does not refer to them as a group, for He addresses each of them as individuals, giving each one a message directed to “the angel” of each particular church (Revelation 2:1; Revelation 2:12). The meaning is evident; that what was recorded should be directed to them, but not to them exclusively as individuals, but in their role as pastor (preacher, teacher) presiding over or representing the churches, for what is recorded pertains to the churches, and was evidently designed to be laid before them. It was for the churches, but was committed to the “angel” (pastor) as representing the church, and to be communicated by him to the church under his care. There has been much diversity of opinion in regard to the meaning of the word “angels,” as it is used here. The advocates of Episcopacy , have argued that the use of this term proves that there was a presiding bishop over a circle or group of churches in Ephesus, in Smyrna, etc., since it is said that it cannot be supposed that there was just a single church in a city as large as Ephesus, or in any of the other cities mentioned. The word “angel,” as it is used here, means “a messenger,” and is usually applied to celestial beings (messengers) sent by God to convey or to do His will. Though this is the common meaning of the word, it may be used to denote anyone who is a messenger, and hence, anyone who is employed to communicate the will of another; to transact his business, or, to act in his place—to be a representative. In order to determine the meaning of the word as it is used in this place, and in reference to these churches, consider the following remarks pertaining to the word “angels”:
1. It cannot mean a literal angel, for no one would propose that such a being presided over these churches.
2. It cannot be shown to mean that messengers had sent to John by the churches, and that these letters were given to them to be returned by them to the churches, because
a. There is no evidence that any such messenger had been sent to John.
b. It is very unlikely that while he was in exile on Patmos, that such a thing would be permitted.
c. The message was not sent by them, it was sent to them “Unto the angel of the church in Ephesus write,” etc.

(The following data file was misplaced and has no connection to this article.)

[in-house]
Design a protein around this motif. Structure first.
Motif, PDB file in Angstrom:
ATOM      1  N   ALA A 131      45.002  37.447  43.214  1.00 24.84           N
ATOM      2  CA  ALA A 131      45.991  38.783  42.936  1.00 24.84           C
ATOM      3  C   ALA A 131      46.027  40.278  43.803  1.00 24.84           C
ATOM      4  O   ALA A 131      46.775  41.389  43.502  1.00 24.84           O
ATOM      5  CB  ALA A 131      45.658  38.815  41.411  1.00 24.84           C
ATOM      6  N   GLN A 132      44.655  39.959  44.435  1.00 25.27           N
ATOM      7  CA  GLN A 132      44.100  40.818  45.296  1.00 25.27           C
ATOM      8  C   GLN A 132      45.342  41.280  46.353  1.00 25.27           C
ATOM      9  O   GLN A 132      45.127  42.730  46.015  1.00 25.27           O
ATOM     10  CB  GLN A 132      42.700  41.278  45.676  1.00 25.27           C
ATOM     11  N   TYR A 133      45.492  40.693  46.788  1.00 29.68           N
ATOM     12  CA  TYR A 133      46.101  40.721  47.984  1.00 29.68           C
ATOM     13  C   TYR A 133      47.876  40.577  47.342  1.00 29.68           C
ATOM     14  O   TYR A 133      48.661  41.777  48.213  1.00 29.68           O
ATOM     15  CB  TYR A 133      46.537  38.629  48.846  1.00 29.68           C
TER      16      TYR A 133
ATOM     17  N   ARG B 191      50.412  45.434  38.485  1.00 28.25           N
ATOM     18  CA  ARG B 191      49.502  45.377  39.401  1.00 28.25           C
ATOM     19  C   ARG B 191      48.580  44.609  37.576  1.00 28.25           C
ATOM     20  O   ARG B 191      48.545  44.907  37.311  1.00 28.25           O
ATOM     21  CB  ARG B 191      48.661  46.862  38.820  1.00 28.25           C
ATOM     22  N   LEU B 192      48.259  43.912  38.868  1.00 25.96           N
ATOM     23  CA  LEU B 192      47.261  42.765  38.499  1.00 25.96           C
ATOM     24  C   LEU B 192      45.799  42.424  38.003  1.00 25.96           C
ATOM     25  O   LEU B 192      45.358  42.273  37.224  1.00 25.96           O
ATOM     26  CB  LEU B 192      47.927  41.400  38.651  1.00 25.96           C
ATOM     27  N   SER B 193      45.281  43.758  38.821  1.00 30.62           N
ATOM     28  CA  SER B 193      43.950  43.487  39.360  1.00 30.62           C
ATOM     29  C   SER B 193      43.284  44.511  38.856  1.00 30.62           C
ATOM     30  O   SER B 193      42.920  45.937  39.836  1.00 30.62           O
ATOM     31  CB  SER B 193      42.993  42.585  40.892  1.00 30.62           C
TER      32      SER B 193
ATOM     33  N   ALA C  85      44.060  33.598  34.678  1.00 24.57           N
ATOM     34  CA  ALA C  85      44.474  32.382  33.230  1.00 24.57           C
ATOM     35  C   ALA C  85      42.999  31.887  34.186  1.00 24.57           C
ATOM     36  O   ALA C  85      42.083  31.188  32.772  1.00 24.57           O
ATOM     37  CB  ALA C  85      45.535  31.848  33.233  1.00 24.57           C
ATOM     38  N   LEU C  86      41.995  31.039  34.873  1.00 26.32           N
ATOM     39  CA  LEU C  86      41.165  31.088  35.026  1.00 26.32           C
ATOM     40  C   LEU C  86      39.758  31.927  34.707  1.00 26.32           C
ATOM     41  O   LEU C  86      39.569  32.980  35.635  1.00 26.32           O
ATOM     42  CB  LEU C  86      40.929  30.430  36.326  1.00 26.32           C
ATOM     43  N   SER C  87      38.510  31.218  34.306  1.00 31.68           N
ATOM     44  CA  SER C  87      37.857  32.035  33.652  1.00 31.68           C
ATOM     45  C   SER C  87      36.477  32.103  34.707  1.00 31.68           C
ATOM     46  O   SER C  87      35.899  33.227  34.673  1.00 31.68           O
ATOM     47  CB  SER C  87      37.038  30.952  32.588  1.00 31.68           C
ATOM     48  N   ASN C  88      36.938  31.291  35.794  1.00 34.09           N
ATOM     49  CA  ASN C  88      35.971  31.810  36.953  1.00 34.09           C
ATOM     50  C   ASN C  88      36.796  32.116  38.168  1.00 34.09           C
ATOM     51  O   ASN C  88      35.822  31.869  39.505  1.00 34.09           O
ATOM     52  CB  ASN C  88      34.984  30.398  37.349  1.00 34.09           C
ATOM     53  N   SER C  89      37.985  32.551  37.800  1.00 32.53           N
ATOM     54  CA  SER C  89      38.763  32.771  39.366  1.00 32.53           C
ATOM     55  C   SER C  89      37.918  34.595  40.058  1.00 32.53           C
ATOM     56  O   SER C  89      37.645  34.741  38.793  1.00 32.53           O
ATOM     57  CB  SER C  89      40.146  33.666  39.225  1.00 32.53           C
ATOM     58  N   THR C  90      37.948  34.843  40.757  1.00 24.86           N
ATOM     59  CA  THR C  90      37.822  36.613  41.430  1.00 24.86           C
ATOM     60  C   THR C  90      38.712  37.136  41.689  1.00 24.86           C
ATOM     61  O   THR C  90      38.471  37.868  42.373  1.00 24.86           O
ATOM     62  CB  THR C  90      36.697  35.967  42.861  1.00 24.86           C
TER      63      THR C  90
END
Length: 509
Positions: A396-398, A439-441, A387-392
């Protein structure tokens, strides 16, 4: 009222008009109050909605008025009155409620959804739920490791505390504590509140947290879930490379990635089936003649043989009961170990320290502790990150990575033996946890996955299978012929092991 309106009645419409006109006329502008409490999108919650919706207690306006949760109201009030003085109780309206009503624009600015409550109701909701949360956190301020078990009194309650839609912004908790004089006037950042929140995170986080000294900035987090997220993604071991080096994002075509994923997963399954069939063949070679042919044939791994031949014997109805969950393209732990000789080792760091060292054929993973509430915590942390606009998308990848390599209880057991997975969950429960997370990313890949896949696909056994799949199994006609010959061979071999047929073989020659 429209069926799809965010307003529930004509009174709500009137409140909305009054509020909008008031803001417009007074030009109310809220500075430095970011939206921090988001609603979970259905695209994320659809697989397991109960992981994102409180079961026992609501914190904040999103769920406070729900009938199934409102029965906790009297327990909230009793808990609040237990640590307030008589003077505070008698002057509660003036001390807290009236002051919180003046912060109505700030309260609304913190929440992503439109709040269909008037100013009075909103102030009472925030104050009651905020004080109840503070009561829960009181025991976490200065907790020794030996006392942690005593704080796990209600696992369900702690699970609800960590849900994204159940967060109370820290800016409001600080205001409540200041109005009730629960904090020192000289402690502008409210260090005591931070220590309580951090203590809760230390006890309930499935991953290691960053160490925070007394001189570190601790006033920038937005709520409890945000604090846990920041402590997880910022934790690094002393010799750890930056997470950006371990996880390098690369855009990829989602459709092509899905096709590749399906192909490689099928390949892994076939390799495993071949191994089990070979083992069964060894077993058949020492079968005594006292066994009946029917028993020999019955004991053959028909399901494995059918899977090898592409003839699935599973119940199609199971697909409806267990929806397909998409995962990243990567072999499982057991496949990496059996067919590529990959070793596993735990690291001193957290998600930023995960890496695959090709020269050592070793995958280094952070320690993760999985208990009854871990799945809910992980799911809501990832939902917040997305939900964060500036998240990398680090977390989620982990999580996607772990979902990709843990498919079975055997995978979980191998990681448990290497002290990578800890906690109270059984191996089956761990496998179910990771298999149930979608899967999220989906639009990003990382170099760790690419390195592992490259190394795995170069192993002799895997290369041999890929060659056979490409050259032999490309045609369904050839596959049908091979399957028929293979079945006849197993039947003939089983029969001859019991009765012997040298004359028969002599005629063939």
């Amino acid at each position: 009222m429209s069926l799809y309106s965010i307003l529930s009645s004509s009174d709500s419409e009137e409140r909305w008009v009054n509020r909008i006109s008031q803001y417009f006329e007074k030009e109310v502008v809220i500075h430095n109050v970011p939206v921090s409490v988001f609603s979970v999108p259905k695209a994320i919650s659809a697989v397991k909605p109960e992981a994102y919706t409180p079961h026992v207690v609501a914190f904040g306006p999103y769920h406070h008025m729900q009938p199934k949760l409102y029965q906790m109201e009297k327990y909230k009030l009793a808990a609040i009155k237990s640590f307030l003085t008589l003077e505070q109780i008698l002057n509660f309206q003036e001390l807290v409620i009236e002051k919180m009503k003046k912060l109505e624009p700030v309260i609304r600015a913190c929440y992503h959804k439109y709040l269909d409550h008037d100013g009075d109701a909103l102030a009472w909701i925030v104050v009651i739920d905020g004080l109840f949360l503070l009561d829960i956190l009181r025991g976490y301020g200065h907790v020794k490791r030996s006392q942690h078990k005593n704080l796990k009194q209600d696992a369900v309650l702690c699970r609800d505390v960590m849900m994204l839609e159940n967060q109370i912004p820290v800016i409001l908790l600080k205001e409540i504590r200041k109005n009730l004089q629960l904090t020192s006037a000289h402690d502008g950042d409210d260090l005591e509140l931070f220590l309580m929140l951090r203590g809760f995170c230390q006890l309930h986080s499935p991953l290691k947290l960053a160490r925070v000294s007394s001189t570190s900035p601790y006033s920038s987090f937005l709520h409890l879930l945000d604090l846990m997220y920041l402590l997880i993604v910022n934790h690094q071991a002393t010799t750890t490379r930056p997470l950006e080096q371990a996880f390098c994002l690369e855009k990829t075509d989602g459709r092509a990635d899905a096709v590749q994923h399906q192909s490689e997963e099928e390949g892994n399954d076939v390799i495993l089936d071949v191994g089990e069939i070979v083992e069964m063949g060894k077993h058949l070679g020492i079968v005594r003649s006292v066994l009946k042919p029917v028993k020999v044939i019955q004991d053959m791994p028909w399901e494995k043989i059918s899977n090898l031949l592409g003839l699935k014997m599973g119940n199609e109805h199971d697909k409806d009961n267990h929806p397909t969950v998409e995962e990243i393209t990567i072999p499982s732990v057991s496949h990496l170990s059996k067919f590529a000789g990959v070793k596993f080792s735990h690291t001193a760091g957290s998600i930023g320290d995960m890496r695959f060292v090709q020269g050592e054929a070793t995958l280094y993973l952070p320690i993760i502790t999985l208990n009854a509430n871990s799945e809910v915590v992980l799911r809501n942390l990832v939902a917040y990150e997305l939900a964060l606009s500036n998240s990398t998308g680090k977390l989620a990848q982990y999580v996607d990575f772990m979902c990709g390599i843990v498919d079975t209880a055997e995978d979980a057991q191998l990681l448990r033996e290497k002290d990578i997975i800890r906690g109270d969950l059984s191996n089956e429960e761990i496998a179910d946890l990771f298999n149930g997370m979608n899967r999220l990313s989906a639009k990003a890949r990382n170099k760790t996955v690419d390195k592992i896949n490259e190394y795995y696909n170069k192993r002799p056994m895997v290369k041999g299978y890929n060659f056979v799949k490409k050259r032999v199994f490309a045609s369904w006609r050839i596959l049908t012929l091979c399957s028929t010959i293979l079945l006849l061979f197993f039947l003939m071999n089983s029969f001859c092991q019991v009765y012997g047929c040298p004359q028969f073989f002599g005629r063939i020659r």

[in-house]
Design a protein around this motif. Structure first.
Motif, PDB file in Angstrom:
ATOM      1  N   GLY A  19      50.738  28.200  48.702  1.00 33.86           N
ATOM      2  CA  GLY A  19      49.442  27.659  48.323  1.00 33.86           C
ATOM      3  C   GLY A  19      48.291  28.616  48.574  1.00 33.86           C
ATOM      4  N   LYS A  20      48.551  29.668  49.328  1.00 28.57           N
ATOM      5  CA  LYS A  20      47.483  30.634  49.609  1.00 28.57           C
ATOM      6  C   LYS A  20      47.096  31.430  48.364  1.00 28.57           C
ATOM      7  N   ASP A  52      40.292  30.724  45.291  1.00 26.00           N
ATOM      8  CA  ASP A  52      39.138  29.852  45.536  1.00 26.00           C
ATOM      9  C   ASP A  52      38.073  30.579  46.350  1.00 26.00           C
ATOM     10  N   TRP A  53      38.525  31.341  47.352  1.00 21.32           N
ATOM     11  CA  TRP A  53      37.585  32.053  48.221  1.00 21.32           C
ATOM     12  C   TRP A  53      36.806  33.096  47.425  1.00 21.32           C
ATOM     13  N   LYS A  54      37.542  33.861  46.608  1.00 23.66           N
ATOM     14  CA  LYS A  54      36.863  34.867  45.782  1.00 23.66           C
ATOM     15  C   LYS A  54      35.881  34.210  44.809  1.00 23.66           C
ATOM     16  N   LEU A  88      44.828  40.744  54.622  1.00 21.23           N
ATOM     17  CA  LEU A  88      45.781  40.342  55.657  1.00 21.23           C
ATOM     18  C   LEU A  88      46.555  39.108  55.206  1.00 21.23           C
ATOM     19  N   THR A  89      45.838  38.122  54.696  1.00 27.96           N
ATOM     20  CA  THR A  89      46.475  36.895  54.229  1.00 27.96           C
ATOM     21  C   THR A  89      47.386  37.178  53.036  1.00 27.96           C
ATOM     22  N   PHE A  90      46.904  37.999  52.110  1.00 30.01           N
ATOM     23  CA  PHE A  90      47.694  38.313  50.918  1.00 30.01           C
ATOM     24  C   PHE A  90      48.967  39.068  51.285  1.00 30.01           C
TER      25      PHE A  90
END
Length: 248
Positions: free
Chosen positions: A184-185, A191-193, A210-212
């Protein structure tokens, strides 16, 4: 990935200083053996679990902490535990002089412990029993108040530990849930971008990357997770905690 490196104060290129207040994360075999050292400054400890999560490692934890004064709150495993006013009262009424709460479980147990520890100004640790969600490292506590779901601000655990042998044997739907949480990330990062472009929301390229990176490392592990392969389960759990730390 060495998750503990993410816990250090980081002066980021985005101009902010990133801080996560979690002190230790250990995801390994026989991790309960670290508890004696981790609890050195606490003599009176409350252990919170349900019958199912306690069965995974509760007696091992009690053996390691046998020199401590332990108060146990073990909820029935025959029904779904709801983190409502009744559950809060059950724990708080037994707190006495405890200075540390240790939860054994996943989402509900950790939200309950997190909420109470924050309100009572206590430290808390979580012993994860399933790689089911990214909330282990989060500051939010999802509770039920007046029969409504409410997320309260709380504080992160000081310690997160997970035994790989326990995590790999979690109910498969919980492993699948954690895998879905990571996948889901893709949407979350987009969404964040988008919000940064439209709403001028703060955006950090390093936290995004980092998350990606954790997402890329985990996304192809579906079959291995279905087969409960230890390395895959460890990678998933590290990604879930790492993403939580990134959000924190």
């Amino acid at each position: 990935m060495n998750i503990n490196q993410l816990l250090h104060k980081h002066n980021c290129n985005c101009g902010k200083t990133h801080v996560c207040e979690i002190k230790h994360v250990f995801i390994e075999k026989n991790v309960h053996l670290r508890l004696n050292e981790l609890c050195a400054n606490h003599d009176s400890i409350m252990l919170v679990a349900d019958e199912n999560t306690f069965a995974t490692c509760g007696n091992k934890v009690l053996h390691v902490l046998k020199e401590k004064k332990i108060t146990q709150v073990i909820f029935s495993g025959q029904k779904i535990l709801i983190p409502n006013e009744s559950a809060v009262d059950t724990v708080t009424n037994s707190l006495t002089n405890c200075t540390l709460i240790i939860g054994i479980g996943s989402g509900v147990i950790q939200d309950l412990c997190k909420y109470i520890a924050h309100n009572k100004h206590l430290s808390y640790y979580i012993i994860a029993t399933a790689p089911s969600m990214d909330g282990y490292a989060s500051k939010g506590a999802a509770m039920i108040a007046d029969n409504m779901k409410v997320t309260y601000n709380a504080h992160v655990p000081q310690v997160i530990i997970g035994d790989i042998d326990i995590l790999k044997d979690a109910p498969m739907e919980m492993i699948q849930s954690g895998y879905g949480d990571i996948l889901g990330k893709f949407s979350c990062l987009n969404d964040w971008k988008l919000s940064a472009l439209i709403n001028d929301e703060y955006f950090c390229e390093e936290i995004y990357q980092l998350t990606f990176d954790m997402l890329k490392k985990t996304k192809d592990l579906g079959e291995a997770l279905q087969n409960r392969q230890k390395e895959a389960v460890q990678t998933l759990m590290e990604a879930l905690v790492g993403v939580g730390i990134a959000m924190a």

3. it cannot be proved that the reference is to a prelatical bishop presiding over a group or circle of churches, called a diocese; for:
a. There is nothing in the word “angel,” which when used in this connection, would be especially applicable to such a high-ranking person, since it can be applied to a pastor of a single church, as well as to a bishop of many churches.
b. There is no evidence that there were any such groups of churches then that would constitute an Episcopal diocese.
c. The use of the word “church” in the singular, as applied to Ephesus, Smyrna, etc., somewhat implies that there was just a single church in each of those cities. Compare Revelation 2:1, Revelation 2:8, Revelation 2:12, Revelation 2:18; see also similar language in regard to the church in Corinth, 1 Corinthians 1:2; in Antioch, Acts 13:1; at Laodicea, Colossians 4:16; and at Ephesus, Acts 20:28.
d. There is no evidence that a successor to John had been appointed at Ephesus, if, as they suppose, he was “bishop” of Ephesus; and it is doubtful that they would so soon after his banishment show him such a lack of respect by appointing his successor so soon.
e. It is highly possible that there was a single church in each of these cities; Antioch, Corinth, Rome.
f. If John was a piclatical “bishop,” it is probable that he had authority” over the whole group of churches including the seven: yet here, if the word “angel” means “bishop,” we have no less than seven such bishops immediately appointed to succeed him.
g. The supposition that this refers to prelatical bishops is so forced and unnatural that many Episcopalians are compelled to abandon it.